Or, more than likely, you knew the work was wrong. Not for you. A bad fit. It just didn’t spark the forge to get the creative magma pumping through your veins. But hell…your wallet needed a stack o’ them Devil’s shit-tickets, and fast.

Yeah…these things happen to the best of us. But we’re don’t talk about them. You gotta put your best face forwards at all times, especially in this Thunderdome economy, amirite?  But someone once said that it’s crucial to reflect not only upon your triumphs, but equally upon your failures. Because that’s the only way you’re ever going to learn.

Well…I got me some learnin’, lemme tell you.

Almost two years ago now. The credit card was heavy in my pocket like a neutron star. Saw an ad on Gamasutra and LinkedIn for a ‘narrative designer’. It was with a Canuck subsidiary of a media behemoth. Like, Cthulu big, but with ears on top of tentacles.

Imagine this on your resume, the recruiter said. Think of what your friends will say when they see your new email address!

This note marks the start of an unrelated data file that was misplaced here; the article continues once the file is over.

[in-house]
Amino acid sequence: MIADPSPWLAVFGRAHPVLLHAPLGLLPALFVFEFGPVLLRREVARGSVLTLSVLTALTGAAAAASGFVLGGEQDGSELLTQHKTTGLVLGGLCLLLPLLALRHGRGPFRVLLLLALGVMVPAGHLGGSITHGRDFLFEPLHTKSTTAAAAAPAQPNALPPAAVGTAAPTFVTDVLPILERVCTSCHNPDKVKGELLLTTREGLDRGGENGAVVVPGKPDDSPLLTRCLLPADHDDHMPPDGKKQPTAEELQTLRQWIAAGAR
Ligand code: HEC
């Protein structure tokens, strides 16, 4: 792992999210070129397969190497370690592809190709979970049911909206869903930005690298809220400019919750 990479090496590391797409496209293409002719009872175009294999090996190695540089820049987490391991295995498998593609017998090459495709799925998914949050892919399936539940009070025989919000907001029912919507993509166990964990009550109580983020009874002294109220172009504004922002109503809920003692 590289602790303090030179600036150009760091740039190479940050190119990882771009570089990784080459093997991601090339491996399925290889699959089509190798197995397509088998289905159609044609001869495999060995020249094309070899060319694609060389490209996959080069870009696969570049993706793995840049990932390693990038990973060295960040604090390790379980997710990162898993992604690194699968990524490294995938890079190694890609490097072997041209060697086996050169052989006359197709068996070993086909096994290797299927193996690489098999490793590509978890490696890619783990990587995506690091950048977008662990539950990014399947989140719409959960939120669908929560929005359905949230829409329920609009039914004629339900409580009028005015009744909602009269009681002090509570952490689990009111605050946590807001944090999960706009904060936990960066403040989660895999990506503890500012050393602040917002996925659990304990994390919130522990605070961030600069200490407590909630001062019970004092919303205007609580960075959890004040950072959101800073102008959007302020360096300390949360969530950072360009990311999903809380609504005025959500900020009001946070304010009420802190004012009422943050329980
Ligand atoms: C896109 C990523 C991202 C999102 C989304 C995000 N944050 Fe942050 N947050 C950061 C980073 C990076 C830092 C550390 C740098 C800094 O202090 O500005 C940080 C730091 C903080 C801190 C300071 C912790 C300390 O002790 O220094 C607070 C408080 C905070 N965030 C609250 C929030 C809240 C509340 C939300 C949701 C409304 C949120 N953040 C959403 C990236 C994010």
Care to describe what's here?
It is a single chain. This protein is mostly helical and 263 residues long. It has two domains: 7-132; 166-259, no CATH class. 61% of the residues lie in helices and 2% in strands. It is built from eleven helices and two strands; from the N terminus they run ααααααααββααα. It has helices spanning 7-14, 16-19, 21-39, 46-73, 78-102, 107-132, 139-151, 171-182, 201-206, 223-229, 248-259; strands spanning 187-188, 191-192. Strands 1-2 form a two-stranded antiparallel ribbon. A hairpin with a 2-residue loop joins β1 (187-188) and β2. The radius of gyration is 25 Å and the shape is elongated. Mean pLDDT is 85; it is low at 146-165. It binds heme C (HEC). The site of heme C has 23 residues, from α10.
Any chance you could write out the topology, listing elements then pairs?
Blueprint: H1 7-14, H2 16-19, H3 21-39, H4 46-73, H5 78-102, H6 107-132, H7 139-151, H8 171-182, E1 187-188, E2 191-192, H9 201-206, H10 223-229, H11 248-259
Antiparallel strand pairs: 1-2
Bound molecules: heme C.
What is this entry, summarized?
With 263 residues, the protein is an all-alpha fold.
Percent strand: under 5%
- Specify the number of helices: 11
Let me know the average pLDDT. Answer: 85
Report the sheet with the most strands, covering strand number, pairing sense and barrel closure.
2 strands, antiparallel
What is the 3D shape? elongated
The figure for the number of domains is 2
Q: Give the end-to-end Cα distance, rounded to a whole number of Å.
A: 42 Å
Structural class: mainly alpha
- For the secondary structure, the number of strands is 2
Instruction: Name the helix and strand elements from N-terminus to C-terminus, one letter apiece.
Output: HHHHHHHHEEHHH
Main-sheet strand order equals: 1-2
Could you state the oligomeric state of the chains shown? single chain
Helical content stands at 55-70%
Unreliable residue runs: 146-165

Fours Skypes later (one shirtless…but that’s for another day, children), we’re negotiating terms. My main goal besides cash-flow is to sharpen the chops with regular writing for a younger audience, in preparation for Shadowland.  I fly soon after, receive my temp housing and orientation, and spend the first week acclimatizing to the…culture.

The team offices are all ‘open plan’. Boisterous small-talk is king. Smiling and political correctness are currency. Healthy friction and debate are abhorred above all else.


And then, early the following week, with countless team meetings and polite lunches and strained break-time chitchats (over admittedly good robot cappuccinos in the staff lounge), and at least 600 new mails cramping my infant Inbox..?

That’s when I find out that I would’t really be writing much of anything. Instead, I would be naming things.